President of South Africa says Africa must deal effectively with HIV to reduce maternal mortality on the side-lines of the African Union Summit
South Africa’s President Jacob Zuma called on African leaders to effectively deal with HIV and as such eliminate one of the main causes of maternal deaths on the continent.
Addressing the Campaign for Accelerated Reduction of Maternal Mortality in Africa (CARMMA), President Zuma was one of more than 15 Heads of State and policy makers who participated in the High-Level Meeting. The African leaders reviewed past successes and future opportunities for reducing maternal and child mortality in Africa.
“HIV still contributes to about 40% of maternal and child deaths in South Africa. This means that unless we deal decisively with HIV we will not be able to reduce maternal and child mortality to any significant extent,” said President Zuma.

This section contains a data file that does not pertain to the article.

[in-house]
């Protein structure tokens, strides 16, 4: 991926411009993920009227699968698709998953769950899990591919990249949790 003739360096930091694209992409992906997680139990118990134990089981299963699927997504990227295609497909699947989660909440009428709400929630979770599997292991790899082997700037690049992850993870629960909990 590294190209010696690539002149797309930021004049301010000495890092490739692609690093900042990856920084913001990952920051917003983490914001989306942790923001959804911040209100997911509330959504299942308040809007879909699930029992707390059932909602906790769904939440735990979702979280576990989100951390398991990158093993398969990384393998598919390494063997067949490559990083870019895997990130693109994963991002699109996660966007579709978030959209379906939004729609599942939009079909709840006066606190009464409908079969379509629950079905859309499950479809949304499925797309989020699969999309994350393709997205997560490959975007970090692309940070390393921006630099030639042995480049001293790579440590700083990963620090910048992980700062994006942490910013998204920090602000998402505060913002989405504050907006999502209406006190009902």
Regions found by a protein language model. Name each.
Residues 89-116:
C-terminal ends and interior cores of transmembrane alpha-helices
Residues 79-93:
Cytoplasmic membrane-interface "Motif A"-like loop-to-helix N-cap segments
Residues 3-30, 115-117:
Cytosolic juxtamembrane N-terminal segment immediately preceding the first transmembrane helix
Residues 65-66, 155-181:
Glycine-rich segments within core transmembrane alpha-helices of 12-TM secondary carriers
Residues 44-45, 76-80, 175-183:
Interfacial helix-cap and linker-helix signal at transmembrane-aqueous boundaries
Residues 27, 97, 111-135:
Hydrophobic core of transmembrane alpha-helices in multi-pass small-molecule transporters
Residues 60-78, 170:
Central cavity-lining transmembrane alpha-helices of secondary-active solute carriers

FOURTEEN years ago, Kholekile Shasha joined SA’s nascent doctor training programme in Cuba, unaware of how controversial the state-sponsored initiative would turn out to be.
He came from a poor family, and had finished high school in the Eastern Cape with exam results just shy of the grades needed to study medicine in SA. He leaped at the chance of a free education in Cuba.
"I was disadvantaged in terms of colour, and access to education and finance," he says.